Wednesday, January 16, 2008

Weird and Wonderful

In Scott Walters' Theatre Ideas blog, Mr. Walters makes some good points about the geographic and demographic breakdown of nonprofit theatre dispersal in America. Walters also name-checks the amazing Mike Daisey's recent Under The Radar performance of How Theater Failed America (via Isaac Butler's Parabasis blog). I haven't seen Mr. Daisey's show, but I have to admit I'm a little put-off by the title.

Walters takes issue with the high concentration of NEA donations to theatres in the Northeast and on the West Coast (actually he takes issue with the massive concentration of theatres on the coasts, but stay with me). How relevant is NEA funding? According to TCG's 2007 Theatrefacts, out of the 105 theatres surveyed, about $45,000 in contributions came from the NEA. State agencies contributed more like $195,000, corporations $350,000, and foundations $630,000. But what is consistently the most impressive source of unearned income in nonprofit theatre? Individuals, at $850,000! (That's not ticket sales, that's donations. Tickets sales make up a whole other income source... so some people are giving twice.)

I don't have geographic data for these individual contributions, but the numbers clearly imply that single people are by far the most relevant source of funding. These contributions come from the community. The American funding model is not perfect, but if anything, it is diverse. And maybe I'd prefer to live in the Netherlands, where the state funds arts groups indefinitely, but there's something I like about the diversity of our funding options.

Ok, the subscription model is dying. Thank goodness. On the topic of audience relations, the incredible Zannie and Glenn Voss come to some fascinating conclusions in their study "Strategic Orientation and Firm Performance in an Artistic Environment". I won't go into the data sets, but the study essentially suggests that customer-oriented theatres (organizations that make most of their decisions based on what they think their customers want) in fact perform worse than theatres that focus on their competitive environment or their own programming.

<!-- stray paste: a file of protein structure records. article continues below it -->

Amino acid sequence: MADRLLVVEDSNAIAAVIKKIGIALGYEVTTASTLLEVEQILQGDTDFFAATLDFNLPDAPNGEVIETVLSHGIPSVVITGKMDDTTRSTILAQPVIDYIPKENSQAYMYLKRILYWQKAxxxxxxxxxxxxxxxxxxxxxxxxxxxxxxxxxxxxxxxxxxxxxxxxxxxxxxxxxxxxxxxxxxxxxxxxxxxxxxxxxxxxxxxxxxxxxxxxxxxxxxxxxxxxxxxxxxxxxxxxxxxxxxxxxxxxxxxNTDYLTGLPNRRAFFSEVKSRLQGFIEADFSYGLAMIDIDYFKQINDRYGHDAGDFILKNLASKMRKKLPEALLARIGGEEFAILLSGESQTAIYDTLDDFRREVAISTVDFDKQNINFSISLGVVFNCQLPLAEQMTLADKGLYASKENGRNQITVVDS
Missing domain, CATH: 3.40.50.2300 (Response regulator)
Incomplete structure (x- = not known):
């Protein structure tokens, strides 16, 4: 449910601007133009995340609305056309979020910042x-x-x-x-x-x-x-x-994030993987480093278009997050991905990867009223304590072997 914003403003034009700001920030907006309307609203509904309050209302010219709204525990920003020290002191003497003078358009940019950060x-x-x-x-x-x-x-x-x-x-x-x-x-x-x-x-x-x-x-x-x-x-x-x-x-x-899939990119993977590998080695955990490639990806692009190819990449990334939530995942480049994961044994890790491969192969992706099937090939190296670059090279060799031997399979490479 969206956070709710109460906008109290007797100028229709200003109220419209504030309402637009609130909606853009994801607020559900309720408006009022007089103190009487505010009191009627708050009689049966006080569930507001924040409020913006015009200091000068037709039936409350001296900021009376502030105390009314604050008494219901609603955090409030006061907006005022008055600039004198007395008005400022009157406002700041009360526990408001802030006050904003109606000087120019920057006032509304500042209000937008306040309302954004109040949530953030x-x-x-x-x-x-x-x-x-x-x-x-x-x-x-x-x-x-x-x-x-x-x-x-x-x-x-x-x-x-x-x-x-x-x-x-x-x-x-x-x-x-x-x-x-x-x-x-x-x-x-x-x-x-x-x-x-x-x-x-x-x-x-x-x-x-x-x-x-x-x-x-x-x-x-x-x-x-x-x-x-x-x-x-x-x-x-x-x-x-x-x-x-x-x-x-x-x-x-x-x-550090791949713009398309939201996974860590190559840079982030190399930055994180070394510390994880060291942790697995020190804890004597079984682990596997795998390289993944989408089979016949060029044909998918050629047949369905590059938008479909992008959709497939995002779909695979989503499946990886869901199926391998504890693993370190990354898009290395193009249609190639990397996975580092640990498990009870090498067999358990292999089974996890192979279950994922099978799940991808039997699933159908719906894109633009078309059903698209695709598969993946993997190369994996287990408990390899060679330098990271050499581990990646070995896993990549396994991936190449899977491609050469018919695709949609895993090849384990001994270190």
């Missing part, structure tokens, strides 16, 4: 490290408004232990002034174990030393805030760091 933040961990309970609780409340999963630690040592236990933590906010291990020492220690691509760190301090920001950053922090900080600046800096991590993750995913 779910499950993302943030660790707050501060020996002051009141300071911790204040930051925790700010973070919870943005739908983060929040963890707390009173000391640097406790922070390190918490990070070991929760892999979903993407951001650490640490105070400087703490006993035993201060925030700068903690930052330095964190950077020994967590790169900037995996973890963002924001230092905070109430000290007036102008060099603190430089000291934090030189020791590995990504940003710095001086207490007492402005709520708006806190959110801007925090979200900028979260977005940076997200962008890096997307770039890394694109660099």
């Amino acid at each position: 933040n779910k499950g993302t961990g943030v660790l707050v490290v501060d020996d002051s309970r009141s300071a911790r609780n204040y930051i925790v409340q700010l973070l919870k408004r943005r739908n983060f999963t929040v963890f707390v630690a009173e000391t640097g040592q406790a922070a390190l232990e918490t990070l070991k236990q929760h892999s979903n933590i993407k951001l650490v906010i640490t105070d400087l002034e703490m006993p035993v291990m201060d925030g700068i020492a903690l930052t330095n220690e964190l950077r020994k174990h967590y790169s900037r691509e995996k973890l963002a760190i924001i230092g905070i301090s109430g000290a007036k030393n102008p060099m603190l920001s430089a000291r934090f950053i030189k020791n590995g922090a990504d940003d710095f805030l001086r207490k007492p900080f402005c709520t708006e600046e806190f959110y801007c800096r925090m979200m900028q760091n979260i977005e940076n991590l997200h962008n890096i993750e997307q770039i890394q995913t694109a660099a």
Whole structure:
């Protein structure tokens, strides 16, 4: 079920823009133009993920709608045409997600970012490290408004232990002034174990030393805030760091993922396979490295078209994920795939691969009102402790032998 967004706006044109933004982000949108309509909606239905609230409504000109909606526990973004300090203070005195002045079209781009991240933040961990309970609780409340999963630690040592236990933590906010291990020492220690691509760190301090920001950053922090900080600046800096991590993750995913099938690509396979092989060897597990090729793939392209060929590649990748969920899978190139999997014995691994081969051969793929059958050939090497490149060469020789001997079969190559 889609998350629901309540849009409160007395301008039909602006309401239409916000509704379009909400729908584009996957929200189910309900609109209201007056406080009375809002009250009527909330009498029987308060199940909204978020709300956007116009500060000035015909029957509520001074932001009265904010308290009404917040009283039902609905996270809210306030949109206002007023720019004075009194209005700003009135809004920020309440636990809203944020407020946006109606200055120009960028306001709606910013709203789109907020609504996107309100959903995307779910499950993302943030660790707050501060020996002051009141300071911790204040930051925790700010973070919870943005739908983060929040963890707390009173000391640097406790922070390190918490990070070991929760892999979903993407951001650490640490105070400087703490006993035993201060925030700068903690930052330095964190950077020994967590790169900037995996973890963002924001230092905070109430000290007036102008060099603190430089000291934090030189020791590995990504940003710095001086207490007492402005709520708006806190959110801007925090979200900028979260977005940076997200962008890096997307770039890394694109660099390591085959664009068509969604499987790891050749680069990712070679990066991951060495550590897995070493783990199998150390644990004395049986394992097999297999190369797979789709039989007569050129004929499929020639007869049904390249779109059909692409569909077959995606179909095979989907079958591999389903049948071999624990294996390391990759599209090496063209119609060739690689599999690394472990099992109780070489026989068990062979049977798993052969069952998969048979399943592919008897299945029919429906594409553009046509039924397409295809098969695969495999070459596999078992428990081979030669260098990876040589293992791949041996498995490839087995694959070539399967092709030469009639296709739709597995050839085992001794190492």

These findings pretty much contradict conventional marketing wisdom (find out what your customers want, and do that), and suggest that arts organizations perform better when they make strong, innovative artistic decisions. This study actually suggests that arts customers want to be told what they want! And really, why do people patronize the arts? Is it to get some kind of instant gratification, or is it to be inspired, engaged, and provoked by an innovative aesthetic point of view? My money's on the latter.

Zannie and Glenn Voss see the nonprofit theatre industry as a market "boundary condition", meaning it's an industry that behaves totally differently from most other business models. But instead of apologizing for being so strange, and trying to pretzel the arts into traditional business models, they suggest that the greatest merit of the nonprofit theatre community is our weirdness.

So, has theatre failed America? Well, first of all, it's cool that Mr. Daisey is even bringing this up. But personally, I'd ask different questions - like what resources are available that we're not taking advantage of? How can we encourage and create community? How can we fix the massive wage inequities? Not as catchy as Mr. Daisey's title... but I'm not willing to believe that theatre has failed America. At least I don't think we're going to get very far thinking that way. I obviously don't have the answers, but I do believe we can do better.

I was planning to start this blog as a straightforward resource for young arts professionals, which I still want to be the main thrust, but I found myself so engaged by what's been happening on these blogs that I really wanted to respond. So thanks for that... I appreciate the kick in the pants.

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